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3 June 2020, 12:06 | Updated: 3 June 2020, 15:56
As the Black Lives Matter movement continues to grip the world, here are some ways you can support anti-racism and educate yourself on the history of black oppression.
Peaceful protests in the US following the murder of 46-year-old African American George Floyd have spread to 50 states, with the UK now joining the fight for justice.
As people across the world show support for George Floyd and the other black women and men who have been killed because of their race, anti-racism communities are encouraging people to not only support them, but to also educate themselves on the history of racism and how it continues to tragically live on today in this world.
Following #BlackoutTuesday, we're looking at ways you, your friends and your family can help to educate themselves on racism, as well as support the Black Lives Matter movement.
Black Lives Matter
"#BlackLivesMatter was founded in 2013 in response to the acquittal of Trayvon Martin’s murderer. Black Lives Matter Foundation, Inc is a global organisation in the US, UK, and Canada, whose mission is to eradicate white supremacy and build local power to intervene in violence inflicted on Black communities by the state and vigilantes. By combating and countering acts of violence, creating space for Black imagination and innovation, and centering Black joy, we are winning immediate improvements in our lives."
Show Racism The Red Card
"We provide educational workshops, training sessions, multimedia packages, and a whole host of other resources, all with the purpose of tackling racism in society. Established in January 1996, the organisation utilises the high-profile status of football and football players to publicise its message. Across Britain, Show Racism the Red Card delivers training to more than 50,000 individuals per year."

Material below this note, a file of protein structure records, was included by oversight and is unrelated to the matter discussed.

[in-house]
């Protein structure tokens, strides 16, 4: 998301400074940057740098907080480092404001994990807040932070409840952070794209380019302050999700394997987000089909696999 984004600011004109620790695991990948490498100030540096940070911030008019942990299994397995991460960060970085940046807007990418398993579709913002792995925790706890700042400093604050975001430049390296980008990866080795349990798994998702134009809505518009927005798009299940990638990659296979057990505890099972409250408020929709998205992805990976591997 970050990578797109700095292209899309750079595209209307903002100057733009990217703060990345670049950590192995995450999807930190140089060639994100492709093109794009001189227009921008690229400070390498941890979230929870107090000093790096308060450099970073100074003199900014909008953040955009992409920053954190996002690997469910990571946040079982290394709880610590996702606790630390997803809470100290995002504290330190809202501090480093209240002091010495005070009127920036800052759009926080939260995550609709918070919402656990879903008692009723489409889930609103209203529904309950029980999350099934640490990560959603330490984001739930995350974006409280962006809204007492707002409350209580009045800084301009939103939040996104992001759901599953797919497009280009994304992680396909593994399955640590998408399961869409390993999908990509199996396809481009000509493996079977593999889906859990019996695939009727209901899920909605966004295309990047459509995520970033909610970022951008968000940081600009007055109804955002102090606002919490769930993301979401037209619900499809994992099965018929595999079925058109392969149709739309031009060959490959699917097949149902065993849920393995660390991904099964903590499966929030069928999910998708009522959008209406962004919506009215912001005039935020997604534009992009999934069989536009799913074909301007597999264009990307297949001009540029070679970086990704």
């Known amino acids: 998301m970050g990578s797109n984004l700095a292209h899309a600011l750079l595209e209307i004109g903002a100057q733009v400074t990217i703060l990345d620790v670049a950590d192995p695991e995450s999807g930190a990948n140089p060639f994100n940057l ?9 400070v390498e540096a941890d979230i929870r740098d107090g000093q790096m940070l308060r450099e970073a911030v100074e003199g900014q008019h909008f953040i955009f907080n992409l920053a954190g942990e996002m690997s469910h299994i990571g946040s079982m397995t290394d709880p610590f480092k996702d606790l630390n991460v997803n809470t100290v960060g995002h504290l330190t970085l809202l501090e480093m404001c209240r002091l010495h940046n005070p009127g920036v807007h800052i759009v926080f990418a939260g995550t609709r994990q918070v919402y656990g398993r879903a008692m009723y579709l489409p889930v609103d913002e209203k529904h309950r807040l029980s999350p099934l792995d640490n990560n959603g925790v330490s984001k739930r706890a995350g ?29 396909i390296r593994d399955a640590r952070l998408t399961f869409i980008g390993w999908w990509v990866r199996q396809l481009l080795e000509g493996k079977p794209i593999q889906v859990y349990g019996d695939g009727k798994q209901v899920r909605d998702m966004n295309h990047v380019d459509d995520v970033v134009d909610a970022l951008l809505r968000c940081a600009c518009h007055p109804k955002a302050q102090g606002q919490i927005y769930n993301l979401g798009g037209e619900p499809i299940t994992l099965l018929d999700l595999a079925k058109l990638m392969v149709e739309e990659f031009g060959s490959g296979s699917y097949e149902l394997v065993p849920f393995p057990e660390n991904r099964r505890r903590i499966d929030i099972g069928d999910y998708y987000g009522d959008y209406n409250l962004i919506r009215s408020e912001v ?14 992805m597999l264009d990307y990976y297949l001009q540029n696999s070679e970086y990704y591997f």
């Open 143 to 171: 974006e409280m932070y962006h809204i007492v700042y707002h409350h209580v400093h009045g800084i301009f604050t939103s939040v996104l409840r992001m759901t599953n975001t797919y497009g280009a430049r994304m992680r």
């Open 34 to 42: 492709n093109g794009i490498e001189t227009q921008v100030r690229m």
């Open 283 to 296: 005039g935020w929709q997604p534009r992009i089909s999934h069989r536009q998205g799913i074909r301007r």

SARI Stand Against Racism and Inequality
"SARI is a service user/community-oriented agency that provides support and advice to victims of hate, and promotes equality and good relations between people with protected characteristics as defined by law. Most SARI staff have some direct experience of dealing with hate motivated behaviour and all staff have a clear understanding of and commitment to the objectives of SARI. The Board of Trustees, most of whom have personal experience of hate crime and inequality, are responsible for approving SARI's working policies and procedures."
How to Be an Antiracist by Ibram X. Kendi
White Fragility: Why It's So Hard for White People to Talk About Racism by Robin DiAngelo
White Rage: The Unspoken Truth of Our Racial Divide by Carol Anderson
When They See Us
"Five teens from Harlem become trapped in a nightmare when they're falsely accused of a brutal attack in Central Park. Based on the true story."
"Filmmaker Ava DuVernay explores the history of racial inequality in the United States, focusing on the fact that the nation's prisons are disproportionately filled with African-Americans."
"When filmmaker Yance Ford investigates the 1992 murder of a young black man, it becomes an achingly personal journey since the victim, 24-year-old William Ford Jr., was the filmmaker's brother."